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Thread: You don't need to know how to draw?

  1. #27
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    NO ing how 2 Draw.

    The point - is where the pencil meets the paper, what that feels like, the sound it makes, the awareness to vary the pressure to make darker and lighter lines, faster, slower, so slow that if someone would to look your way they would think you had stopped. But you know, you can FEEL it, information flowing through your entire being.

    Then stop.... and imagine you are still drawing!

    ~MW
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  3. #28
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    Quote Originally Posted by markwagner View Post
    NO ing how 2 Draw.

    The point - is where the pencil meets the paper, what that feels like, the sound it makes, the awareness to vary the pressure to make darker and lighter lines, faster, slower, so slow that if someone would to look your way they would think you had stopped. But you know, you can FEEL it, information flowing through your entire being.

    Then stop.... and imagine you are still drawing!

    ~MW
    .....huh?
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  4. #29
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    an animator needs to know how to animate - how they get there is down to type of animation, brief and choice
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  5. #30
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    The chief skill of animating is timing - determining how many frames are needed to sequence actions so that they flow nicely. It can be separately from drawing (stop motion):

    http://www.youtube.com/watch?v=Ovvk7T8QUIU&feature=fvst
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  6. #31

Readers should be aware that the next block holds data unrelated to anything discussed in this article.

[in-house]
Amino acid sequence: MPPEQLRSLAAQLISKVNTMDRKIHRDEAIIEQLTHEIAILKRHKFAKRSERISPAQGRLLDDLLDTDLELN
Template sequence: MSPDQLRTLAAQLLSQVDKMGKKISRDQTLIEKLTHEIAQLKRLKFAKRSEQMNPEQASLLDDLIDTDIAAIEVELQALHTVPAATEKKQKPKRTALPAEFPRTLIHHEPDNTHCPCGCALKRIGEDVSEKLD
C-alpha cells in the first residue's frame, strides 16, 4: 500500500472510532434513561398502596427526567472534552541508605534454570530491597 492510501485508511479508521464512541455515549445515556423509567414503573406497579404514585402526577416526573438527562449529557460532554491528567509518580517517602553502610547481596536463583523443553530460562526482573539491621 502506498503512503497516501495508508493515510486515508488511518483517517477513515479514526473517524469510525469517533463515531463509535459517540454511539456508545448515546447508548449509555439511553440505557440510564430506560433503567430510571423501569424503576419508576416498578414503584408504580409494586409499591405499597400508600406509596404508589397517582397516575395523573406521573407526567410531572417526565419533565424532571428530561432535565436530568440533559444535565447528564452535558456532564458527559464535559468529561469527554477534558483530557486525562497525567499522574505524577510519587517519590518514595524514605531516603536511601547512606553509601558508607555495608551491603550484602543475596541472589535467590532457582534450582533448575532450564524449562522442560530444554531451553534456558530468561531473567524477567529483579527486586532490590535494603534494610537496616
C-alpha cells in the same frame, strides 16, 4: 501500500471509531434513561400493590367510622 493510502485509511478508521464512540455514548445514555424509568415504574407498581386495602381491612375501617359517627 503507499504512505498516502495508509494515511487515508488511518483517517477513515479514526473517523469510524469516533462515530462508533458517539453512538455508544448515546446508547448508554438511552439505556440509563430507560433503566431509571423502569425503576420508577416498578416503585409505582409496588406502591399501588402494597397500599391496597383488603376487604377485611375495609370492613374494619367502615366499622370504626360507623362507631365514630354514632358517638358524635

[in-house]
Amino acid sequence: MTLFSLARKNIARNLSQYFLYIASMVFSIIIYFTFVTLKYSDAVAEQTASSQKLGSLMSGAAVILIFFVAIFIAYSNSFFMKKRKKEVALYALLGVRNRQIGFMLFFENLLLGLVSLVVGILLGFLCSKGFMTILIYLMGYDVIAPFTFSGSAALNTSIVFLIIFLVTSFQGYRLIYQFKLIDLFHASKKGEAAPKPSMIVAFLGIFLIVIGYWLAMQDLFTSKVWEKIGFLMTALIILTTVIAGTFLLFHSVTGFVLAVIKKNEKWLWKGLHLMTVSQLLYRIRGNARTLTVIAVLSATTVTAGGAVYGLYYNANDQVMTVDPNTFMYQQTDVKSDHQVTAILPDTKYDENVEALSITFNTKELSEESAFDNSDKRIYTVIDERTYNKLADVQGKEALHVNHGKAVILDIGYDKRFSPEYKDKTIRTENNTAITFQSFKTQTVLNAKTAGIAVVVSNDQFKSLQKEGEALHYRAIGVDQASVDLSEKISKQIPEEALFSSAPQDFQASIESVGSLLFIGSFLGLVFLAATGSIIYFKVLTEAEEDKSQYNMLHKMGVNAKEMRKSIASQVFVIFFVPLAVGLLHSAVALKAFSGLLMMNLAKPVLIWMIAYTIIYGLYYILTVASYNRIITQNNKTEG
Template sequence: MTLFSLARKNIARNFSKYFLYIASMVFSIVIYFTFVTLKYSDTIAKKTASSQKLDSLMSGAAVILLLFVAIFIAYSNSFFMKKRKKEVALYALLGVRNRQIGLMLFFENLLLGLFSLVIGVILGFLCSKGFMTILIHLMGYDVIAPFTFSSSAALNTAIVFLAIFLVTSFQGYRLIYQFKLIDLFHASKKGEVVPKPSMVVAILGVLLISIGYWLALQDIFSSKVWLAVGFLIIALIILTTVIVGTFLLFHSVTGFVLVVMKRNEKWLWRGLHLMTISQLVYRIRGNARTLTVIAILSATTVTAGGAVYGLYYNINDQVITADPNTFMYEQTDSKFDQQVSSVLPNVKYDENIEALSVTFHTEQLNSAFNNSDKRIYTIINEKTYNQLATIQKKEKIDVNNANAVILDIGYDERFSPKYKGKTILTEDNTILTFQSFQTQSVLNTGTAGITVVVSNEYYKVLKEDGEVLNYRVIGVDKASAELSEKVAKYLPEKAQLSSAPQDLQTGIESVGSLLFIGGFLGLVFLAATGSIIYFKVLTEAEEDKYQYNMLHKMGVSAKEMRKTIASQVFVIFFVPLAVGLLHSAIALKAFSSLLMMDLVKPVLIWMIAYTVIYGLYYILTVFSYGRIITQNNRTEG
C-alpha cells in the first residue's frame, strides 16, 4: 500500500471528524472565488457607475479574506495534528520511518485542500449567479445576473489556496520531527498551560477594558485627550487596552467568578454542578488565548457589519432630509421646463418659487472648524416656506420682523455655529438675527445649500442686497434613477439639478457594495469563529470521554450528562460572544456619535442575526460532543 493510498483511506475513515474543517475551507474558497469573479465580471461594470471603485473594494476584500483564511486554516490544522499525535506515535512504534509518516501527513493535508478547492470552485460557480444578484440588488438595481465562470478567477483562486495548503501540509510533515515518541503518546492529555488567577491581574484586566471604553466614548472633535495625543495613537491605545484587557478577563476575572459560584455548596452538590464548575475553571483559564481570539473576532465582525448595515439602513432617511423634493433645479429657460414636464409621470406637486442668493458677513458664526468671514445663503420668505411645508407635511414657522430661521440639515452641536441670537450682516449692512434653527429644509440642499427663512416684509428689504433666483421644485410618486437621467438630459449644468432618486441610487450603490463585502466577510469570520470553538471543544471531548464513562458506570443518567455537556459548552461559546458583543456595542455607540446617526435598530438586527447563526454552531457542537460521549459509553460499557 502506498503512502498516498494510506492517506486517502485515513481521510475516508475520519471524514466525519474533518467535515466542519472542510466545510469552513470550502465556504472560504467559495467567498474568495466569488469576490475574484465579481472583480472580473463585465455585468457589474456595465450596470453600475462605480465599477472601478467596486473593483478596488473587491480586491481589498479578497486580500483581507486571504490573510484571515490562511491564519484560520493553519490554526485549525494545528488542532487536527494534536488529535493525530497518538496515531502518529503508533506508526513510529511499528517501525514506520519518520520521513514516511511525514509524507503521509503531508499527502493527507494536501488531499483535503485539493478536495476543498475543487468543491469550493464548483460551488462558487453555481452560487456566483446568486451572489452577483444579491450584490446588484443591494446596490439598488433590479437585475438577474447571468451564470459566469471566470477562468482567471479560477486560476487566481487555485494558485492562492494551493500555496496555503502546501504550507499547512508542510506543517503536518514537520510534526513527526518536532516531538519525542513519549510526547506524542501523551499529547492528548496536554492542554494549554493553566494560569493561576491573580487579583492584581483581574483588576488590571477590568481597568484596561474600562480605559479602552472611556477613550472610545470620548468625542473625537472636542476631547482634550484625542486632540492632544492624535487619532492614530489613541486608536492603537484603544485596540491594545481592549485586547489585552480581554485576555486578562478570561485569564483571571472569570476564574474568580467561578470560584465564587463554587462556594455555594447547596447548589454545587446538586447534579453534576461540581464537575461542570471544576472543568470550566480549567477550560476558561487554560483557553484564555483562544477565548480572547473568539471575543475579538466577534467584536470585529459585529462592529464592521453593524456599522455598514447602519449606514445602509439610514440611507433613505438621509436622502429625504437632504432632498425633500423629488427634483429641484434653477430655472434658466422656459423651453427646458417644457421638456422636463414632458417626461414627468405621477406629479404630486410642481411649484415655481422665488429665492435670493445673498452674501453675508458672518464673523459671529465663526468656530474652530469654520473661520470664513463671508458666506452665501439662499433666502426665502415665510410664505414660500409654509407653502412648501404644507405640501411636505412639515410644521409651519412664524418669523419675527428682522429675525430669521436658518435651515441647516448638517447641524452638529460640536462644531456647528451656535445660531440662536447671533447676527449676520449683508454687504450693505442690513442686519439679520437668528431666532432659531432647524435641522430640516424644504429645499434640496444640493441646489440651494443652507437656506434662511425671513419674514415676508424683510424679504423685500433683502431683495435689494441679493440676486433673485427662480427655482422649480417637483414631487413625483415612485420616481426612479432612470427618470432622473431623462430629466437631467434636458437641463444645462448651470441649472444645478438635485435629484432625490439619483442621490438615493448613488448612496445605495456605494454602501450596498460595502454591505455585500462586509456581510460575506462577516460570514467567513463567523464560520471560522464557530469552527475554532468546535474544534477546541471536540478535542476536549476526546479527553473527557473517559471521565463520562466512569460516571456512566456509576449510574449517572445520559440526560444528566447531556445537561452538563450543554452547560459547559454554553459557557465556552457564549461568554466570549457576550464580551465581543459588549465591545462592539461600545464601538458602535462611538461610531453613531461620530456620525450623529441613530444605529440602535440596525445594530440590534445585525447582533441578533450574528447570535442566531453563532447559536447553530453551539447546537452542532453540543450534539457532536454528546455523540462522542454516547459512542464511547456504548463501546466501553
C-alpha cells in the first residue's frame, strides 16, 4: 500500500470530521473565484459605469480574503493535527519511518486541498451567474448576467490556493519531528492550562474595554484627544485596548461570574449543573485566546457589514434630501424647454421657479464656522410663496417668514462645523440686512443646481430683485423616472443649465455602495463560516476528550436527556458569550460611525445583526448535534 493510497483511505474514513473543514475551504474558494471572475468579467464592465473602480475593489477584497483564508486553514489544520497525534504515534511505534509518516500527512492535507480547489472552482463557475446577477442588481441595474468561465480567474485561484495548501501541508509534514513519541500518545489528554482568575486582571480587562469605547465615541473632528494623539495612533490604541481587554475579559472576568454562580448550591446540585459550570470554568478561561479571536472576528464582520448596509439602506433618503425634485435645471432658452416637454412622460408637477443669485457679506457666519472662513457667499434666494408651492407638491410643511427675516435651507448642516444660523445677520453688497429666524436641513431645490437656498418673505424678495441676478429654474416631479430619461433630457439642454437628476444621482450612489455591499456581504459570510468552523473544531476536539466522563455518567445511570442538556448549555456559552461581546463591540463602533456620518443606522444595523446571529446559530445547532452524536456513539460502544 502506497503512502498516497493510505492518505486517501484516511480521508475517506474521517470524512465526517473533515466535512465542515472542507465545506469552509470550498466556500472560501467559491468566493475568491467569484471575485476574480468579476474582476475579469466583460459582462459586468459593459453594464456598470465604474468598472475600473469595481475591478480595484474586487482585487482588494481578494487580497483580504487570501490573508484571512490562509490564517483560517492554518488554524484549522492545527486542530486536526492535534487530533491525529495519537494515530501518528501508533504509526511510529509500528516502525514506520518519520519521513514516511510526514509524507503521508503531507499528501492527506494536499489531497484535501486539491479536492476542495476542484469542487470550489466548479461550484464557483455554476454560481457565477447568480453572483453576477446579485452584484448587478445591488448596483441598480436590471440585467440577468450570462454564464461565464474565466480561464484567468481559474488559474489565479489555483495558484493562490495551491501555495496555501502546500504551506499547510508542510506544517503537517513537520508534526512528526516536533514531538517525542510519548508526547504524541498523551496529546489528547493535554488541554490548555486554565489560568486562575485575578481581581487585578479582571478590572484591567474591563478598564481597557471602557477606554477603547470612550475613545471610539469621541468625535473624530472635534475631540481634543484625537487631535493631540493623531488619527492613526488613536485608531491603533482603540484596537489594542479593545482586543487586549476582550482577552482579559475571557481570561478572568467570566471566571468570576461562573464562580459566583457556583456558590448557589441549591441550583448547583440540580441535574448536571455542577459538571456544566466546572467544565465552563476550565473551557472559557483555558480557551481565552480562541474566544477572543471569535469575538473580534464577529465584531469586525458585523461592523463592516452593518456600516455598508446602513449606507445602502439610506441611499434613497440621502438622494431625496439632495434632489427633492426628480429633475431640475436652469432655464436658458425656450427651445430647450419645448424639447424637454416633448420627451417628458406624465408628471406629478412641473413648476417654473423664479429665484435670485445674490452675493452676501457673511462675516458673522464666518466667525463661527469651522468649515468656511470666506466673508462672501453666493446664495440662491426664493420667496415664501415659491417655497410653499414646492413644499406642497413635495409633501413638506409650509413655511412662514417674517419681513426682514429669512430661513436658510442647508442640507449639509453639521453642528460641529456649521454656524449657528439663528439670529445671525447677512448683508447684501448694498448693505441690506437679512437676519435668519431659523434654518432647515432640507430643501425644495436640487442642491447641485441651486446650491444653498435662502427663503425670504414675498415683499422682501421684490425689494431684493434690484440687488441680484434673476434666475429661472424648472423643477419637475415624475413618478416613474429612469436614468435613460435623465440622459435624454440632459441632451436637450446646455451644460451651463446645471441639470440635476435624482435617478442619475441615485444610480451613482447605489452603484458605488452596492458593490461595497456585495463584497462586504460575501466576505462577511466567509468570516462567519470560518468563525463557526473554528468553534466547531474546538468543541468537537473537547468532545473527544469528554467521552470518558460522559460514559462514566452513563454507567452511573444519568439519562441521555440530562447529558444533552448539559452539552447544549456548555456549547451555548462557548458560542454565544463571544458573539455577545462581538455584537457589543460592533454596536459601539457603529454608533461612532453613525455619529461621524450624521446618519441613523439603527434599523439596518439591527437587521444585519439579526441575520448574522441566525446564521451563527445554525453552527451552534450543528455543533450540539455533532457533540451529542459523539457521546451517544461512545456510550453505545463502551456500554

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    Quote Originally Posted by rabbit run View Post
    I'd like to point out you were the one that first said subject matter. Trying to make a traditional short that looks that realistic would be...very painstaking. However, maybe you'd be interested in a short called The Cow, which is paint on glass. (for those unfamiliar with animation, that means the entire animation is created on a single pane of glass; the painting is 'changed' for each successive frame - there are no cells overlaid backgrounds.)

    I love Alexander Petrov's work. Animated paintings on glass are such a wonderful thing... I actually have this on DVD, highly recommended:



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  7. #32
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    I worked in classic 2D animation studio, and animators there don't had to know how to draw.Though they are perfect professionals in their field, if you ask them to draw realistic portrait or even character concept they'll say they are not artists.
    In production one person don't have to do everything. Animators have Character Design Sheet, where are all foreshortenings, color, expressions. They only animate them. Then other people do coloring, add background, sound.
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  8. #33
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    I think an important thing to point out is that the things that come with knowing how to draw, do not define what drawing is. A knowledge of anatomy, gesture, composition, perspective, colour theory, lighting etc. is not restricted to the ability to draw. Drawing is just an applied, physical activity which draws from these pieces of knowledge to produce a drawing. Animation is another, applied, physical activity which also draws on these pieces of knowledge and understanding.

    Saying you need to be able to draw to animate is similar to saying you need to know how to build a motorcycle to be able to build a car. I think it's more along the lines of you need to have a good understanding of auto-mechanics, engineering, electronics and probably a whole load more to build either.

    And this doesn't even touch on the idea of knowing theory but lacking performance. I read so many books on so many aspects required in drawing, animation, whatever... and as I read them I think to myself "yea, I knew that. It's good and I understand it.". I then take up a pencil and attempt a performance based on my knowledge of the theory. The result generally being fairly tragic. This being said, I know the theory, I know what it should look like, I know what I want it to look like, but I fail miserably at executing the drawing.
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